Category Archives: Video Games

Sadness for Nintendo, the Industry & the Public 

Category : Blog , Video Games

Adam Nintendo

Source: LSG Family Collection

July 16, 2015

Do you have a Nintendo product in your home? Maybe a DS or a Wii console? Do your grand/children play video games?

Then, you should know this: Satoru Iwata, President & CEO of Nintendo, passed away this week at the age of 55. His philosophy was summarized in his keynote speech at the Game Developers Conference in 2005: “On my business card, I am a corporate president. In my mind, I am a game developer. But in my heart, I am a gamer.” The Farewell Tribute video can be watched at the end of this post.

I find myself saddened by this news, saddened because the industry has clearly lost a talented leader. Saddened because Nintendo has been a part of our home since our son, Adam, then 3 or 4 years old, introduced us to the gaming industry in the early 90s. Adam saw his path from moment one before he could even have a turn (older children not sharing) with the controller or a hand-held, before there were memory cards (hence the frustration of stopping and losing all of one’s efforts, only to have to start over), and way before an MS degree in Interactive Entertainment existed (Thank you FIEA).

Our second son, Zachary, believes he has been playing since his toddler years with the Nintendo playing path paved by Adam. We hosted many a large sleep-over all nighters while our sons played this “new” activity with their friends & we shared in the joys & frustrations of the “boys” winning & losing. The University of Florida’s College of Fine Arts surely did not anticipate Adam’s every project would revolve around, dare I say, video game topics, heavily loaded with Nintendo themes, as he pursued his BFA in Digital Media & co-founded the Interactive Digital Entertainment Association (IDEA).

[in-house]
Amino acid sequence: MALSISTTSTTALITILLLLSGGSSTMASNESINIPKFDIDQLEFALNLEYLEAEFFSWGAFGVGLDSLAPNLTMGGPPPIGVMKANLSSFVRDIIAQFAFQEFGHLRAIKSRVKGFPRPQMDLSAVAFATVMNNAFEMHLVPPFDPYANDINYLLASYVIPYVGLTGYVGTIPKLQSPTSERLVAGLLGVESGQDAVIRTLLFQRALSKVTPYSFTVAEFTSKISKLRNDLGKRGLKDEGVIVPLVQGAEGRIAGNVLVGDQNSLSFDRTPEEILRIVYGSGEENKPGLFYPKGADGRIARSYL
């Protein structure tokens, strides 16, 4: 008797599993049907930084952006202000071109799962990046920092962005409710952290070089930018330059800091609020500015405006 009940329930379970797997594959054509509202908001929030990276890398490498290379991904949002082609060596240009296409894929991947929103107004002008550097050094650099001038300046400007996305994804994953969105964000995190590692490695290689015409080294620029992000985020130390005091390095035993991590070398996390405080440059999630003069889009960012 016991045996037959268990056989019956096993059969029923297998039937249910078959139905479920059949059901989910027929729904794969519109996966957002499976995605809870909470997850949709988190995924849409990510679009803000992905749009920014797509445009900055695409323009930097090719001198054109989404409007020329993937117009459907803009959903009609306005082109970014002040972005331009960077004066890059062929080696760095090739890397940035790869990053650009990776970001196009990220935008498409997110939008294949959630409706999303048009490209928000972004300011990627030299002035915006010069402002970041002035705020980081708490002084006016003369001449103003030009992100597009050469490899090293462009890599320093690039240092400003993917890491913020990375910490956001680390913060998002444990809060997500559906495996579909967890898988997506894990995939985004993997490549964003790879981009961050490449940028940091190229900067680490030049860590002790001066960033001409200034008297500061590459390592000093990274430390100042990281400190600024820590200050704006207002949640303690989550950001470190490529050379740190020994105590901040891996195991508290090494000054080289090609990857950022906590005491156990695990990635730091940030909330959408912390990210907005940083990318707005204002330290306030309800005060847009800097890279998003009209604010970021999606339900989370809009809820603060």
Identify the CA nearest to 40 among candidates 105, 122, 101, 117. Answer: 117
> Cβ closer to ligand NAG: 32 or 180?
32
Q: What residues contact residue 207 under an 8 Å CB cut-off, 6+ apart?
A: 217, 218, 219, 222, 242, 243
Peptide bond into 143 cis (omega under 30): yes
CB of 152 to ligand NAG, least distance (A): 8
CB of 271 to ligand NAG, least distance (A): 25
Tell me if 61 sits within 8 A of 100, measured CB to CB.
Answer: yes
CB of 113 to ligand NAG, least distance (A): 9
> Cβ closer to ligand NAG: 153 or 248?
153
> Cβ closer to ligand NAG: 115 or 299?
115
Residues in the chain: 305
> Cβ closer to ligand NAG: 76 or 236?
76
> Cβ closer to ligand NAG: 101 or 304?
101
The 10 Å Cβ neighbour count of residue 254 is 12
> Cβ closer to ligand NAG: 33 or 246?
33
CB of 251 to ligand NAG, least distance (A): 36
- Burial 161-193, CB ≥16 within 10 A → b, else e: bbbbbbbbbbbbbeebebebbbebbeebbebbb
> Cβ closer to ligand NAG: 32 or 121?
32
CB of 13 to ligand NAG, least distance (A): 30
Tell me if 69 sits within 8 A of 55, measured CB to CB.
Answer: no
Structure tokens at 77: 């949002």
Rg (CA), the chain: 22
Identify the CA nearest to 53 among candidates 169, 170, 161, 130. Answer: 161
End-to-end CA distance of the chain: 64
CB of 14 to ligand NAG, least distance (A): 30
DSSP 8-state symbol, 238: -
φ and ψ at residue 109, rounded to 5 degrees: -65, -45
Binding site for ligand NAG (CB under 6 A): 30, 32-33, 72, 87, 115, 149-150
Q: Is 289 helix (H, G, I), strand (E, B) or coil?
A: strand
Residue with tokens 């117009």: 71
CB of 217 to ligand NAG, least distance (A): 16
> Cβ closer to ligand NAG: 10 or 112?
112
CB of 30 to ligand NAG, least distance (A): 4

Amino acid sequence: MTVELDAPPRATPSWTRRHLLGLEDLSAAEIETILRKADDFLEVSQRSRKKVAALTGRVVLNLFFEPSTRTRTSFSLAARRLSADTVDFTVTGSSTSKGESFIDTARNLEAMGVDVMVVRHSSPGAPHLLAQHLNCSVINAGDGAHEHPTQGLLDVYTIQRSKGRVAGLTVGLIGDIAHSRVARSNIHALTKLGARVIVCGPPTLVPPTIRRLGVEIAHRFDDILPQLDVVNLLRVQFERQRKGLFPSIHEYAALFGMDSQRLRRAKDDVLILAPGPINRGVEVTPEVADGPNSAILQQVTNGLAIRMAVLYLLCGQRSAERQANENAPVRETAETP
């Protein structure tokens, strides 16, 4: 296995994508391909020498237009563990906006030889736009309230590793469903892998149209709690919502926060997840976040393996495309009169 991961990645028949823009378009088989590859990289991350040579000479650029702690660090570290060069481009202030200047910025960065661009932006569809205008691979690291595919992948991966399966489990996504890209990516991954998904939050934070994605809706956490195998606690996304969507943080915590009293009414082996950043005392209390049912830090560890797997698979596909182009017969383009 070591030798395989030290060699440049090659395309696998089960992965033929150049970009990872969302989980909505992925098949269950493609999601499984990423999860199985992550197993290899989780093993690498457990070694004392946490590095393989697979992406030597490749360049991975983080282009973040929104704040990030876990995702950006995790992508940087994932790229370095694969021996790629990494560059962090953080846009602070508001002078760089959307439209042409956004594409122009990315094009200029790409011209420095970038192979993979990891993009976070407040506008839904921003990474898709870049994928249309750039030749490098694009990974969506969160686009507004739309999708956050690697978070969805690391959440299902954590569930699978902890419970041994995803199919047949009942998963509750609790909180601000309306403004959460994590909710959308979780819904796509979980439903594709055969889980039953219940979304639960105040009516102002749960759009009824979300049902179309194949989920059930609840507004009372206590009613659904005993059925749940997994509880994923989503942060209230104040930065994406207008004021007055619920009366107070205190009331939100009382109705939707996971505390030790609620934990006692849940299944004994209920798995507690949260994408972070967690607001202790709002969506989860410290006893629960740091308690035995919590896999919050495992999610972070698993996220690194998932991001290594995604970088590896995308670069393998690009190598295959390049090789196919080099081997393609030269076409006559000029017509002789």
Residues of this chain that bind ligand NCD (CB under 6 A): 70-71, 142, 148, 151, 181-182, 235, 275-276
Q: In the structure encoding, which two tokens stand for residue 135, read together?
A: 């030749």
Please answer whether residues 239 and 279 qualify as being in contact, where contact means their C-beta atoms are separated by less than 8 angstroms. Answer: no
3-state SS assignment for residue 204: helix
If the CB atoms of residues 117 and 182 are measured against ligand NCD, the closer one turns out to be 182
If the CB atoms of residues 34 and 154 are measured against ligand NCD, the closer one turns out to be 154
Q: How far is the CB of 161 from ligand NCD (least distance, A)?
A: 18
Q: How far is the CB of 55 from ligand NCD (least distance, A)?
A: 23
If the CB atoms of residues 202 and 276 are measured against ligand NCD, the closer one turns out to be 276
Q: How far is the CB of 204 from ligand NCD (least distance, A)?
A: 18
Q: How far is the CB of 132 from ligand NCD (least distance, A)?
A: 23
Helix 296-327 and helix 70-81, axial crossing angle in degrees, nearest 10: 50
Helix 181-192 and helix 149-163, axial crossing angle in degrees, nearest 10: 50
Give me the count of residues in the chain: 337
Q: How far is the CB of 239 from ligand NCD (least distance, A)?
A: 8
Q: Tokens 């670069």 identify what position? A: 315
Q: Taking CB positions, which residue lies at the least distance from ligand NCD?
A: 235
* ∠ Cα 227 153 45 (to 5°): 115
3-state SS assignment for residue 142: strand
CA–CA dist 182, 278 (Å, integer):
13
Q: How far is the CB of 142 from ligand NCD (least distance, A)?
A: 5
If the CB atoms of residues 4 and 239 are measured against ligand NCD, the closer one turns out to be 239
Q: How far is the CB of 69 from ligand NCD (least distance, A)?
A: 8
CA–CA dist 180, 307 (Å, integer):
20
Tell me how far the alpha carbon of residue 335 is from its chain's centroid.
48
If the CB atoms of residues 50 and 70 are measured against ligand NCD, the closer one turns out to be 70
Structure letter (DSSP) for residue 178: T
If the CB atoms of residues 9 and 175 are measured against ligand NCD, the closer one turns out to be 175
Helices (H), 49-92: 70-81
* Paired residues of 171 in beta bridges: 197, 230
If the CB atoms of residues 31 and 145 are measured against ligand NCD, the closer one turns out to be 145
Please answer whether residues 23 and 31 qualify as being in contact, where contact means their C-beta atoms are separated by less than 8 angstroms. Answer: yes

Now, as I spend my days with this Center’s “friends”, I continue to surprise these children, teens and young adults with “video-game knowledge”, limited, but they do not realize that since I have “advisors” who make sure I have the right information. This shared knowledge gives me credibility in their eyes, allowing them to trust and share an interest, and allows us to start off on the right foot. But there is more value in video games than meets the eye.

And, after more than twenty years, this Center will officially begin to use video game consoles within the therapeutic context later in 2015. WAIT, I know what you are thinking, but please hear me out! There are many studies (which have been posted on this site and elsewhere) supporting the benefits of using video games for a wide range of speech, language, learning, social communication & related needs.

I knew this time would come, where the value of the art and technology of video games outside of “gaming” would be supported. I knew it first as a parent, second as an SLP and last as the Director who must approve this idea. To be clear, this “tool” will be just that, another tool used to benefit each “friend’s” communicative needs, and will be used in conjunction with a long and wide range of low-tech and traditional tools. ~ Lori